Mounted GOTEK drive

With everything closed back up it’s quite a smart-looking solution. Pretending to be a floppy drive doesn’t remove the quirks of using floppy disks but it does make them easier to deal with.

Atari 520STFM pictured with Ultrasatan SD virtual hard disk and GOTEK virtual floppy drive

The firmware version shipped on the drive seems fine but it’s possible to flash updates using the FlashFloppy code and documentation here. All in all the GOTEK is pretty easy to fit aside from the extra power extension. I will almost certainly be fitting more in the future.

Atari STFM520 keyboard & case refurbishing

In part three of my ongoing nostalgiathon refurbishing an Atari STFM it’s time to clean up the keyboard and case.

The keyboard assembly before cleaning

Step one is to remove the keyboard from the chassis – very simple to remove the seven short screws from underneath to release the top-side of the case. The keyboard floats on the shielding and is connected via a delicate 8 pin (7 wired and one polarising blank) header connector. This keyboard wasn’t very grubby – I’ve definitely seen much worse. A little grime and some letraset lower case, plus the usual dust, fluff and crumbs in-between the keys.

Detail of using a keycap puller

Using a keycap puller makes very quick work of removing all the key caps without damaging the switches or support pillars. The Enter and Space keys also have metal stabilisation bars which can be carefully unclipped from the keyboard chassis. Be gentle with these bars – they’re attached to the keycaps using small plastic clips which are easy to bend and break.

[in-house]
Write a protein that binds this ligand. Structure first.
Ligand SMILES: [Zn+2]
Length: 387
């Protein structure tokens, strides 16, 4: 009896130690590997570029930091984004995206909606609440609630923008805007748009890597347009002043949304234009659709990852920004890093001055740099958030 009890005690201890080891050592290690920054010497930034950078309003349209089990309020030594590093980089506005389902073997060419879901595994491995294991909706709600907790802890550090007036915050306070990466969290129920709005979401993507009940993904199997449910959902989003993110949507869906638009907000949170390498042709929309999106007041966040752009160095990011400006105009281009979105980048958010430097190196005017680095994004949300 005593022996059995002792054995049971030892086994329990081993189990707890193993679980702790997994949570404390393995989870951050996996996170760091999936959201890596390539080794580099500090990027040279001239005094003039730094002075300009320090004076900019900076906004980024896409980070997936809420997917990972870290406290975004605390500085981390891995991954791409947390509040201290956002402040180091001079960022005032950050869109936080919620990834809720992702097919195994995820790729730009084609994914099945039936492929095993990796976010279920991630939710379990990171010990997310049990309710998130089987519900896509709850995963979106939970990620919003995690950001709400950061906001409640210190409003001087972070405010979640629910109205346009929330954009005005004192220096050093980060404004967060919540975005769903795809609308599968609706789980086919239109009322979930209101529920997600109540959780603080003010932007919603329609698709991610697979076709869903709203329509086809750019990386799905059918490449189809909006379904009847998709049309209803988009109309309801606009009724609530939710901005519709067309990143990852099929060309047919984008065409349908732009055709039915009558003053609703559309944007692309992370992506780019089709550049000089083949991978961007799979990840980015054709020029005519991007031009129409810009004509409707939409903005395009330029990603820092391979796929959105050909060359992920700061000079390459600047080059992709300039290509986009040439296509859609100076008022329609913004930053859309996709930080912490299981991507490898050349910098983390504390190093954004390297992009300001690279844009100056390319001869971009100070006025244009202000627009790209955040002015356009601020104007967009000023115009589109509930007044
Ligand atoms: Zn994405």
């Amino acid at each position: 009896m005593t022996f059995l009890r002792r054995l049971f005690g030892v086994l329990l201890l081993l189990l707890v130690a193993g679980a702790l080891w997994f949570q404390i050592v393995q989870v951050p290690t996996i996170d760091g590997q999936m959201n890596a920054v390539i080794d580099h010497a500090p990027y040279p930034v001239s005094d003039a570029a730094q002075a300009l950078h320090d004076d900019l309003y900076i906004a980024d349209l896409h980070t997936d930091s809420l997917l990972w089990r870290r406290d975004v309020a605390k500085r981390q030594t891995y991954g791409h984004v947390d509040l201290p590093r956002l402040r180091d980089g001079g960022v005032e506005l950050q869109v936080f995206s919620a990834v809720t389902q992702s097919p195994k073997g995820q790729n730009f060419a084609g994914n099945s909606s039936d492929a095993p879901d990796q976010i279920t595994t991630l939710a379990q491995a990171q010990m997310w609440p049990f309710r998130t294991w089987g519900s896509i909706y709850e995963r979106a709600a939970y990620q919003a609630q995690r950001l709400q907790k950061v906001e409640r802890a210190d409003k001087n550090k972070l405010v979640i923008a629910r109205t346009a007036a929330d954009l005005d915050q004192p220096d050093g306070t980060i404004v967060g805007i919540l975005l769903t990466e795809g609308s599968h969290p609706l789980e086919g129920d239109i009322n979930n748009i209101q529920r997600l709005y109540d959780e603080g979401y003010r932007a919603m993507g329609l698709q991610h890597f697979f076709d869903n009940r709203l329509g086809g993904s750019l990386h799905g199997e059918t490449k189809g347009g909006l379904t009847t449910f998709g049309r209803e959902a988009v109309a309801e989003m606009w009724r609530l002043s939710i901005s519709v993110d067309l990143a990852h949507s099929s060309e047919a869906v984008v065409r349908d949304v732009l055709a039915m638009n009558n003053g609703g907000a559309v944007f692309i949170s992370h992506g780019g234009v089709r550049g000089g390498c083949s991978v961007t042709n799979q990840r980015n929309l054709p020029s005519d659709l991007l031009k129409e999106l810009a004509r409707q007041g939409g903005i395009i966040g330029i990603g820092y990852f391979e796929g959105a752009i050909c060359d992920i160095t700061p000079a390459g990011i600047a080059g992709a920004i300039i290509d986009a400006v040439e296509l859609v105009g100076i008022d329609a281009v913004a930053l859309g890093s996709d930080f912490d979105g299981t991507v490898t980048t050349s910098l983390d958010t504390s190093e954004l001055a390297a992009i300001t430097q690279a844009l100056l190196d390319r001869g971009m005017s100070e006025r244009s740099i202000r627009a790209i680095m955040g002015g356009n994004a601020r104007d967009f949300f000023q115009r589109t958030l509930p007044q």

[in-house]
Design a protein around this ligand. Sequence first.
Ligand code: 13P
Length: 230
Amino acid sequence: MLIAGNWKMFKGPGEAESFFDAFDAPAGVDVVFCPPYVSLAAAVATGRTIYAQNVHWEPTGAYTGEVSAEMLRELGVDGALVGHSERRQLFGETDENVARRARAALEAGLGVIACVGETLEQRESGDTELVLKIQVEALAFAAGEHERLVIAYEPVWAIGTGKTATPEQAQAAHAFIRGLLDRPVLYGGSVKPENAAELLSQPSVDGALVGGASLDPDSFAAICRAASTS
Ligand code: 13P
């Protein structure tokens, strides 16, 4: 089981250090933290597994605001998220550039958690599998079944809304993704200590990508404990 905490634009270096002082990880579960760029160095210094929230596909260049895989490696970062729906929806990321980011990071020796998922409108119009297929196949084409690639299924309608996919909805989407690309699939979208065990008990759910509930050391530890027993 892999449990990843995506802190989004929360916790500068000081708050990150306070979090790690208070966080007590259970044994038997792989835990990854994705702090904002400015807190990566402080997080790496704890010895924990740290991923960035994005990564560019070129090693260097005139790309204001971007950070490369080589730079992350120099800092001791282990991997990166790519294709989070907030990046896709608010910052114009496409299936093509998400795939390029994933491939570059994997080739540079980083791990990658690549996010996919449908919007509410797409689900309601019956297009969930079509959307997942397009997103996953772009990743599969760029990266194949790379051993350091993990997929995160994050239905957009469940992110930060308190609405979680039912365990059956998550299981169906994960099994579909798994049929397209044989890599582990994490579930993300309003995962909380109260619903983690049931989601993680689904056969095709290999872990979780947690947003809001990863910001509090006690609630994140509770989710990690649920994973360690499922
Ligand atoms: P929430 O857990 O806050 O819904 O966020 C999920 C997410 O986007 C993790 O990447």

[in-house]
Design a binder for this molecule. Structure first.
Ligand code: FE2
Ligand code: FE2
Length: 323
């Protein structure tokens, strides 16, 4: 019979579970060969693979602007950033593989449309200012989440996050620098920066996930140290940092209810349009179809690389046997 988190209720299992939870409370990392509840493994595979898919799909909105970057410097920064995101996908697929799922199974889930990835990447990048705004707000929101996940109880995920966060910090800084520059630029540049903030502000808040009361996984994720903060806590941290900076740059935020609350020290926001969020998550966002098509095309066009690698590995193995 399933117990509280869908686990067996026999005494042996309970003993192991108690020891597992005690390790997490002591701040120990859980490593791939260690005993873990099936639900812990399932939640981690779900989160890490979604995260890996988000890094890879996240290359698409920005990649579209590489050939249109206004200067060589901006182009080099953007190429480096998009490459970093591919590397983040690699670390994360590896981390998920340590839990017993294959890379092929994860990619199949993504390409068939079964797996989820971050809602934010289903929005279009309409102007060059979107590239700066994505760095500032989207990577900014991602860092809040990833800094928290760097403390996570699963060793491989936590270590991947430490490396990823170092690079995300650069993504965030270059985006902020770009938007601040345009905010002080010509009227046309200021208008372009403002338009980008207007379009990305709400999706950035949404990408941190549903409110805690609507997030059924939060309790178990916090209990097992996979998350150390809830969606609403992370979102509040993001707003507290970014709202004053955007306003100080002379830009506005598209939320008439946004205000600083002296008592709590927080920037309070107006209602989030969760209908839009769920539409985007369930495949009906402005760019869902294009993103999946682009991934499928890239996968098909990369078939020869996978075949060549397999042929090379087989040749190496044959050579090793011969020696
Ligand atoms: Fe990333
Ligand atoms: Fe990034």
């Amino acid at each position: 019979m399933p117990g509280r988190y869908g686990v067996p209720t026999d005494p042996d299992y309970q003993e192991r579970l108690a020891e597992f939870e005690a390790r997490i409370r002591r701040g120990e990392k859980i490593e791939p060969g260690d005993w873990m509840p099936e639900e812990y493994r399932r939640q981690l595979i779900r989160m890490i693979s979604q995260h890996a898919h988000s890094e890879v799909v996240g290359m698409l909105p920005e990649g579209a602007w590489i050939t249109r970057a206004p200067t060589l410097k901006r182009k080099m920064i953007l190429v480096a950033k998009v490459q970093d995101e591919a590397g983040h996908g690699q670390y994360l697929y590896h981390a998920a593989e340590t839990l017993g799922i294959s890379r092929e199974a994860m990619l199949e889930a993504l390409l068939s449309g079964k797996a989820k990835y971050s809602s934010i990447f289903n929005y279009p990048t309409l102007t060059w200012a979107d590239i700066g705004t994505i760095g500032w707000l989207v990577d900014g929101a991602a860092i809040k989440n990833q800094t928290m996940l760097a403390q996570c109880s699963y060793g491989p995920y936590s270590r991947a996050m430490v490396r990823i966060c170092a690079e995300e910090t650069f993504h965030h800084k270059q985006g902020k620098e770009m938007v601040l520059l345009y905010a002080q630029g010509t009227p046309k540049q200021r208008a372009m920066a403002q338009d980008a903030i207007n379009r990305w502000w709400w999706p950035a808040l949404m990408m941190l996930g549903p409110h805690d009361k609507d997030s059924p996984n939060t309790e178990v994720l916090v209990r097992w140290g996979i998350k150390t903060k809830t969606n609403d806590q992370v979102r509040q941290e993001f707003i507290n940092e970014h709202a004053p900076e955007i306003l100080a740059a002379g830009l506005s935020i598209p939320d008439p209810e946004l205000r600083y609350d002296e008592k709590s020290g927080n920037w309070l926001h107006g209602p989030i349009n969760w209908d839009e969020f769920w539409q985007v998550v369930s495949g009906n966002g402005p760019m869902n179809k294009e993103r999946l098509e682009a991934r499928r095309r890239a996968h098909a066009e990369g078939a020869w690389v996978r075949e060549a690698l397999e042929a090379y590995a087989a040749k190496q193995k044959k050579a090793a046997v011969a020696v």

Alphabet soup: keycaps taking a bath

All the keycaps soaked in warm water and washing up liquid. These were individually scrubbed with a soft washing up pad, which was enough to remove the grime and the letraset.

The keyboard assembly with all keycaps removed

The keyboard chassis with included light muck. This was wiped first with surface cleaning disinfectant wipes then with cotton-buds and isopropyl alcohol (IPA).

Rinsing the keycaps

After scrubbing, the water was changed and the key caps were rinsed.

Stabilisation bars and keycaps drying

Keycaps were left to dry on kitchen towel. Also visible are the stabilisation bars for Enter and Space on the left, and one of the stabilisation support clips on the bottom.

Oxicleaned top case

Whilst the key caps were being cleaned, advantage was taken of a pleasant sunny afternoon. The top case was liberally sprayed with oxyclean peroxide spray (similar to Retrobright) and left in the sun for several hours, respraying and rotating every half hour or so. This can also be wrapped in clingfilm to reduce or avoid respraying.

Reassembled keyboard – looking clean!

All the keycaps were replaced using a reference photo taken before disassembly. The stabiliser pivots also had a pinhead of lithium grease applied. I imagine this is only really to reduce squeaking.

Reassembled STFM

Seeing everything reassembled in the case is very satisfying. The top case only suffered slight yellowing which has mostly cleared up now. I’ll have to try it again soon with my other STFM which is much worse.

Installing the Exxos 4MB RAM Atari STFM expansion